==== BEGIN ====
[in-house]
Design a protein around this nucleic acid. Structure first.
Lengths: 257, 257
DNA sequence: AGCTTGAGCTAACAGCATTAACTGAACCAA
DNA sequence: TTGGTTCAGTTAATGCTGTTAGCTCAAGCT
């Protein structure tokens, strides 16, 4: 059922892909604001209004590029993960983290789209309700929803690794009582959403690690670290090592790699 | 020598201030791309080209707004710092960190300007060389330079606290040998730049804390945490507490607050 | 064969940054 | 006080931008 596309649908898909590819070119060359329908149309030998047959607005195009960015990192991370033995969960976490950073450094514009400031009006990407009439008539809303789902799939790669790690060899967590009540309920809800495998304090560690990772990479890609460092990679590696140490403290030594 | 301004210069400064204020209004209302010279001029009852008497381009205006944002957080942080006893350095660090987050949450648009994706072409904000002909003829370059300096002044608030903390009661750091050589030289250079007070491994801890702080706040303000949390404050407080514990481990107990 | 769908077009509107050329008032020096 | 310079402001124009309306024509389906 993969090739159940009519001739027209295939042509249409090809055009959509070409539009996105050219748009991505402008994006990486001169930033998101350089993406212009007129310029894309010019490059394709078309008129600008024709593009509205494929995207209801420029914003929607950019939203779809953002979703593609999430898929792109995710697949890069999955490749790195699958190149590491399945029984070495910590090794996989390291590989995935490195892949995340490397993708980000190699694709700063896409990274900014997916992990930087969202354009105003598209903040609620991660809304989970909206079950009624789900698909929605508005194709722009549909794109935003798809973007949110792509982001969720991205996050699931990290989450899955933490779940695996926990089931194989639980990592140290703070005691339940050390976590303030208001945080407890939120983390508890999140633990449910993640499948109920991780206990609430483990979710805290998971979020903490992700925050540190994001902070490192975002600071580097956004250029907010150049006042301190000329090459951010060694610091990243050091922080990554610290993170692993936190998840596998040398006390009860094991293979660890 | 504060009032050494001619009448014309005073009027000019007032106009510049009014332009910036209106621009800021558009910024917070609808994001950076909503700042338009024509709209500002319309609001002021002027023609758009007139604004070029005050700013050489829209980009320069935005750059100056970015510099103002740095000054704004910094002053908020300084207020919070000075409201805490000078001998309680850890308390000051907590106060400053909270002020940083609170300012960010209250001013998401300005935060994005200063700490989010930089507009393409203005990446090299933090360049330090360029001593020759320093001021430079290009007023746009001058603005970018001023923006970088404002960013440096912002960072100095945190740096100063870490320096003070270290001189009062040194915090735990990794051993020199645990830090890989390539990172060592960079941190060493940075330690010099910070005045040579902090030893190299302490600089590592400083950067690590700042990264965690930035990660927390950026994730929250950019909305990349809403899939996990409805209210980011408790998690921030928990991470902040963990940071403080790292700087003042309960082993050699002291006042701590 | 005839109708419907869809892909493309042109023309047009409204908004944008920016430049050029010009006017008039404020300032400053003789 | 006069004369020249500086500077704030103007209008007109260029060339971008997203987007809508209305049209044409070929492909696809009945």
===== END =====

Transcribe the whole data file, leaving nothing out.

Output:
[in-house]
Design a protein around this nucleic acid. Structure first.
Lengths: 257, 257
DNA sequence: AGCTTGAGCTAACAGCATTAACTGAACCAA
DNA sequence: TTGGTTCAGTTAATGCTGTTAGCTCAAGCT
């Protein structure tokens, strides 16, 4: 059922892909604001209004590029993960983290789209309700929803690794009582959403690690670290090592790699 | 020598201030791309080209707004710092960190300007060389330079606290040998730049804390945490507490607050 | 064969940054 | 006080931008 596309649908898909590819070119060359329908149309030998047959607005195009960015990192991370033995969960976490950073450094514009400031009006990407009439008539809303789902799939790669790690060899967590009540309920809800495998304090560690990772990479890609460092990679590696140490403290030594 | 301004210069400064204020209004209302010279001029009852008497381009205006944002957080942080006893350095660090987050949450648009994706072409904000002909003829370059300096002044608030903390009661750091050589030289250079007070491994801890702080706040303000949390404050407080514990481990107990 | 769908077009509107050329008032020096 | 310079402001124009309306024509389906 993969090739159940009519001739027209295939042509249409090809055009959509070409539009996105050219748009991505402008994006990486001169930033998101350089993406212009007129310029894309010019490059394709078309008129600008024709593009509205494929995207209801420029914003929607950019939203779809953002979703593609999430898929792109995710697949890069999955490749790195699958190149590491399945029984070495910590090794996989390291590989995935490195892949995340490397993708980000190699694709700063896409990274900014997916992990930087969202354009105003598209903040609620991660809304989970909206079950009624789900698909929605508005194709722009549909794109935003798809973007949110792509982001969720991205996050699931990290989450899955933490779940695996926990089931194989639980990592140290703070005691339940050390976590303030208001945080407890939120983390508890999140633990449910993640499948109920991780206990609430483990979710805290998971979020903490992700925050540190994001902070490192975002600071580097956004250029907010150049006042301190000329090459951010060694610091990243050091922080990554610290993170692993936190998840596998040398006390009860094991293979660890 | 504060009032050494001619009448014309005073009027000019007032106009510049009014332009910036209106621009800021558009910024917070609808994001950076909503700042338009024509709209500002319309609001002021002027023609758009007139604004070029005050700013050489829209980009320069935005750059100056970015510099103002740095000054704004910094002053908020300084207020919070000075409201805490000078001998309680850890308390000051907590106060400053909270002020940083609170300012960010209250001013998401300005935060994005200063700490989010930089507009393409203005990446090299933090360049330090360029001593020759320093001021430079290009007023746009001058603005970018001023923006970088404002960013440096912002960072100095945190740096100063870490320096003070270290001189009062040194915090735990990794051993020199645990830090890989390539990172060592960079941190060493940075330690010099910070005045040579902090030893190299302490600089590592400083950067690590700042990264965690930035990660927390950026994730929250950019909305990349809403899939996990409805209210980011408790998690921030928990991470902040963990940071403080790292700087003042309960082993050699002291006042701590 | 005839109708419907869809892909493309042109023309047009409204908004944008920016430049050029010009006017008039404020300032400053003789 | 006069004369020249500086500077704030103007209008007109260029060339971008997203987007809508209305049209044409070929492909696809009945």